Kaye Minchew (center left), a member of the Coalition to Preserve the Georgia Archives, presents Gov. Nathan Deal (center right) with letters and petition signatures supporting the state archives, on Wednesday. Nearly 100 people showed up at Deal's office to protest a decision to close the archives to the public Nov. 1, because of budget cuts.
ATLANTA Nearly 100 supporters of the Georgia Archives got an unexpected surprise Wednesday morning at the state capitol, when Gov. Nathan Deal announced the Morrow-based archives would not close to the public as previously announced.
Deal made the announcement while he issued his annual Georgia Archives Month proclamation. During a photo opportunity with the archivists, they handed the governor a petition with more than 10,000 signatures in support of the archives, as well as thousands of letters and e-mails from people urging the state the keep the facility open to the public.
That prompted Deal to say the archives would not close to the public, but he did not elaborate on how that fate would be avoided.
“We’re still working on our budget proposals right now, but the archives will stay open,” said Deal, to the cheers of dozens of archivists and other archives supporters.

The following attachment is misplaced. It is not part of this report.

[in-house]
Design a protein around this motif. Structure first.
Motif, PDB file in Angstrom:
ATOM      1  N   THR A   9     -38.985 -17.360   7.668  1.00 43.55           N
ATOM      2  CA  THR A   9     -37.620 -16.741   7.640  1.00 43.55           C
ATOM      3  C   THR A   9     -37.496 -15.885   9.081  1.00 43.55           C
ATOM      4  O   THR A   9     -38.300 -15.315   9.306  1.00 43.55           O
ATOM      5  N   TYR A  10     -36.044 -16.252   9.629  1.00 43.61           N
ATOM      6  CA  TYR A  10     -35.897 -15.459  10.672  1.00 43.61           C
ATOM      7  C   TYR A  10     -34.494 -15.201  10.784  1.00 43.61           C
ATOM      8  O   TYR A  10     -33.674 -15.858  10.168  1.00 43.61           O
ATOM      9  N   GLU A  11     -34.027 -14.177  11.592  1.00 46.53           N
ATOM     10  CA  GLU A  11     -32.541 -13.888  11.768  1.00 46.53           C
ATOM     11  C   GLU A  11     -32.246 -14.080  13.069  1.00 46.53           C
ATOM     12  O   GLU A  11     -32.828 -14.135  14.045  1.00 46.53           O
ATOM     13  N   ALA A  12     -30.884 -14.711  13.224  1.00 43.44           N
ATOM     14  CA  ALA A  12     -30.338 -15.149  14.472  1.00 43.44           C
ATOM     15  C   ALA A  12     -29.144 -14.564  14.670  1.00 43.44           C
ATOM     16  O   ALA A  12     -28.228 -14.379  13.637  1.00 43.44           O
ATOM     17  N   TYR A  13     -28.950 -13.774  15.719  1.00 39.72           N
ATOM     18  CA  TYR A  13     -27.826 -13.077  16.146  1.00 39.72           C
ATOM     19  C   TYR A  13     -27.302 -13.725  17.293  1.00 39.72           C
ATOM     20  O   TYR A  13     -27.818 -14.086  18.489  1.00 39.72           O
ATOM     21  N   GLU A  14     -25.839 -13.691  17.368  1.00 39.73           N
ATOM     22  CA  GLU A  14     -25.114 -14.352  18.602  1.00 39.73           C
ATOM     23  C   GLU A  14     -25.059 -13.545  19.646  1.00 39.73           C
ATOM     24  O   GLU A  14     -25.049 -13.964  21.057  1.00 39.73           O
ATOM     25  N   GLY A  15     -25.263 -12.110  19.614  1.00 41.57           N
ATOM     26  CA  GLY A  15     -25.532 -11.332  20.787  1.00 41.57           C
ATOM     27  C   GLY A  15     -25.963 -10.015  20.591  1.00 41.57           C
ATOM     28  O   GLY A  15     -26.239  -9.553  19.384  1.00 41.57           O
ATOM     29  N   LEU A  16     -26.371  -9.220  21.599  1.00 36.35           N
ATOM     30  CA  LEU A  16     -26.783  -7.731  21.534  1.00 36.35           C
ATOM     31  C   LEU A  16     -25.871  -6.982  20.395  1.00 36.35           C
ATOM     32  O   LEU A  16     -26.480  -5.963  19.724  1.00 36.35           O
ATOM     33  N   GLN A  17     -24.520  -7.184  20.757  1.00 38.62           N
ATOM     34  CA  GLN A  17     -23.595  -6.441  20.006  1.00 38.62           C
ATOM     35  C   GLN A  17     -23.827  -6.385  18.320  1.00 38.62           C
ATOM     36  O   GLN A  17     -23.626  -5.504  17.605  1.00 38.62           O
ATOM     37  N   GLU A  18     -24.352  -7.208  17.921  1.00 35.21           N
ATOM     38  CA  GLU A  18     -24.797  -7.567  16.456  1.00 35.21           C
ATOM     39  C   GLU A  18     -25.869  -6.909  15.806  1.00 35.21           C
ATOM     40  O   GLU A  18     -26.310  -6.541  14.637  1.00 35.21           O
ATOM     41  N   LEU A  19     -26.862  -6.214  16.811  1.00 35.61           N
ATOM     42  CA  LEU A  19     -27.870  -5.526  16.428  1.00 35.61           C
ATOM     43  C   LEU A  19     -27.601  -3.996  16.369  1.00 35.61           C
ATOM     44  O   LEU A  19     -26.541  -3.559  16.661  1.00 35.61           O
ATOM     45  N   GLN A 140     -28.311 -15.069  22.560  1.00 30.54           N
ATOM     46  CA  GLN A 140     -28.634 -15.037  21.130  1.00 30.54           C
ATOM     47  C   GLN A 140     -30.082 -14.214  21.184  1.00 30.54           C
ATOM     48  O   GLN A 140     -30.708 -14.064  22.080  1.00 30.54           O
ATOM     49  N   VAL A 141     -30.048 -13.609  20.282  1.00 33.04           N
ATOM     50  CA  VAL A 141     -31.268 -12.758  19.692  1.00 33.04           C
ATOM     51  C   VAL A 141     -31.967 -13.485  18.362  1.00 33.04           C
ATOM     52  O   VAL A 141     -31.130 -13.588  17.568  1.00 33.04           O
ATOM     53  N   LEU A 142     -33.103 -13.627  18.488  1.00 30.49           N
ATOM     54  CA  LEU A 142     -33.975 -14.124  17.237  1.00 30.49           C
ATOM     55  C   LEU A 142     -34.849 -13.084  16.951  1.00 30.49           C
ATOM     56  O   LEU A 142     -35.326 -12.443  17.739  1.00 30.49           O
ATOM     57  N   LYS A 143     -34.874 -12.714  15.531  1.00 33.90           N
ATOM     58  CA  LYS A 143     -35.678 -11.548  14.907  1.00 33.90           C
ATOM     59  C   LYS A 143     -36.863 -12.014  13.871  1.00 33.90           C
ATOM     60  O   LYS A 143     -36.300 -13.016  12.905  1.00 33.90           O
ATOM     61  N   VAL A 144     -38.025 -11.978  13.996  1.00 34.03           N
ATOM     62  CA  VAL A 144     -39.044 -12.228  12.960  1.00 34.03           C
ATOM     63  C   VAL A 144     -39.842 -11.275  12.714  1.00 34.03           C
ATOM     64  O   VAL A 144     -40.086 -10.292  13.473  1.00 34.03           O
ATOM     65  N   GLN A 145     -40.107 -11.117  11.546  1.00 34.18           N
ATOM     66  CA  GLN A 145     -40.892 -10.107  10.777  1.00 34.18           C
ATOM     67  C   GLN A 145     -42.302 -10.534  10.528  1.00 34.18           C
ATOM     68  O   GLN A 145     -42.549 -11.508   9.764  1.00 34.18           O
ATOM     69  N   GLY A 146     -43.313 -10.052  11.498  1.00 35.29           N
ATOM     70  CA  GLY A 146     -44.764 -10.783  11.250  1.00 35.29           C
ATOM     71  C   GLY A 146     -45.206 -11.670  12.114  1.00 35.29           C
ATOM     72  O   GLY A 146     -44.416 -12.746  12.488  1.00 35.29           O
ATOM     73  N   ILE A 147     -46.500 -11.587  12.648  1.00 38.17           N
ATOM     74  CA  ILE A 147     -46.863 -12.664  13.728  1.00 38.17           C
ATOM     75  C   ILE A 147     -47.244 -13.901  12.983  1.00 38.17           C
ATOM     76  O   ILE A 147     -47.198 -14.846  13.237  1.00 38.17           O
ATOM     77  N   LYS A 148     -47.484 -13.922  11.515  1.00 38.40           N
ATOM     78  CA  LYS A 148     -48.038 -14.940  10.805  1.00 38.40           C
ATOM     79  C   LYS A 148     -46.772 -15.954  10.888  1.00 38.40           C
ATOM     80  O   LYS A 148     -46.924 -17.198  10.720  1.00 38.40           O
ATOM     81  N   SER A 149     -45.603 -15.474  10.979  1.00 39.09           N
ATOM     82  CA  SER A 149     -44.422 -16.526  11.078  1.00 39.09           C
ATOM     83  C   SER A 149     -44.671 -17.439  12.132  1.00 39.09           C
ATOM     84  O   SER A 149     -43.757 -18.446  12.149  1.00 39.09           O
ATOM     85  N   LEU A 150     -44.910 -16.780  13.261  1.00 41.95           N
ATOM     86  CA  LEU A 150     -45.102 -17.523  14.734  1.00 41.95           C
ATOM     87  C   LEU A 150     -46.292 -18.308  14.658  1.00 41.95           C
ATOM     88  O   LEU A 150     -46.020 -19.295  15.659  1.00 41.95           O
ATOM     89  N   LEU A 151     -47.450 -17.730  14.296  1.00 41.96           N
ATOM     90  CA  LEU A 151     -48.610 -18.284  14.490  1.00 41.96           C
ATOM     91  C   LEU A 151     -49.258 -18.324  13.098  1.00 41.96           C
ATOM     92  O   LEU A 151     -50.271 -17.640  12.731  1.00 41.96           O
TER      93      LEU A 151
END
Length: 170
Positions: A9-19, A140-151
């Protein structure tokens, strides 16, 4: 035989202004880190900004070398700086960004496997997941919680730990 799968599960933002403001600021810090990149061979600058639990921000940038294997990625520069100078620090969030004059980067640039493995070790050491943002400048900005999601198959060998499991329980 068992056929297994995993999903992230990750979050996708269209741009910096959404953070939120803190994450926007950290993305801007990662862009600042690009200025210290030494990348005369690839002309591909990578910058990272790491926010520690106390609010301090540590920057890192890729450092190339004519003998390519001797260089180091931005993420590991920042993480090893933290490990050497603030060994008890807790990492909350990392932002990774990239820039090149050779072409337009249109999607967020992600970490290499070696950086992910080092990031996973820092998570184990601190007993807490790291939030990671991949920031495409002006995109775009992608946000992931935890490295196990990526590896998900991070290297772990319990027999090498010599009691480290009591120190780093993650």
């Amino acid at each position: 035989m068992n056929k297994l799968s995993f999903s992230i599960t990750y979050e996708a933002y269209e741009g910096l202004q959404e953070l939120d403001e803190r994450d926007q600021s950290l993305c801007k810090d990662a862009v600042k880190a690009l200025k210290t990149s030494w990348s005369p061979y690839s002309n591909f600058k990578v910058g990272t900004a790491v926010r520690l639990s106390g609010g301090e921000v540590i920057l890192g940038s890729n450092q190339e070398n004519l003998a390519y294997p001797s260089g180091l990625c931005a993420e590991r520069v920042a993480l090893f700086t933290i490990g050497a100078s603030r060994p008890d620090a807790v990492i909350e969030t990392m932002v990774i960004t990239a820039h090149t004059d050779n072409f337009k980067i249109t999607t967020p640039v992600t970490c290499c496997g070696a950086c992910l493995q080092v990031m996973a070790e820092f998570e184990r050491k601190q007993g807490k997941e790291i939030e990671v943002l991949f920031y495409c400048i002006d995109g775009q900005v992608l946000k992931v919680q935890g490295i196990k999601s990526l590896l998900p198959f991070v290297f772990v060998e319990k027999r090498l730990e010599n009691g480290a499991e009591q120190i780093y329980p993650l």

The announcement from Secretary of State Brian Kemp last week that the state archives would close to the public Nov. 1 — to meet a 3-percent budget reduction mandate from Deal — inspired outrage among archivists, academics, historians and genealogists across the state.
“There’s nobody who would like to have the archives open more than me, but we were directed to take a $733,000 budget cut and this was, unfortunately, the fallout from that,” Kemp told Clayton News Daily on Wednesday. “It’s not a decision I wanted to make, but I had to.”
Staff will be cut down to just the archives director, the assistant director and building manager. Georgia residents will be able to access records by appointment only, although Georgia law requires the archives be open at least one Saturday per month.
“It’s a public facility holding the records of government and now the public can’t get to it,” said Jim McSweeney, regional director of the National Archives at Atlanta, which is located next to the Georgia Archives.
The archives holds the state’s most important documents, including Georgia’s royal colonial charter, a copy of the Declaration of Independence given to state leaders in 1776 and a letter from 200 years later, when President Jimmy Carter announced his plans to seek the White House.
Supporters of the state archives organized plans to show their love for the facility. They had large stickers, which said “I support our Georgia Archives,” printed for the occasion. They also solicited the letters and e-mails given to Deal.
“It’s just embarrassing that it’s come to this,” said Jonesboro resident Phyllis Lawson.
The supporters arrived ready to protest the decision. As a small group of supporters lined up for a photograph with Deal, however, he surprised them by candidly announcing the archives would remain open after all. He then re-iterated the promise when he received the petition signatures and letters of support.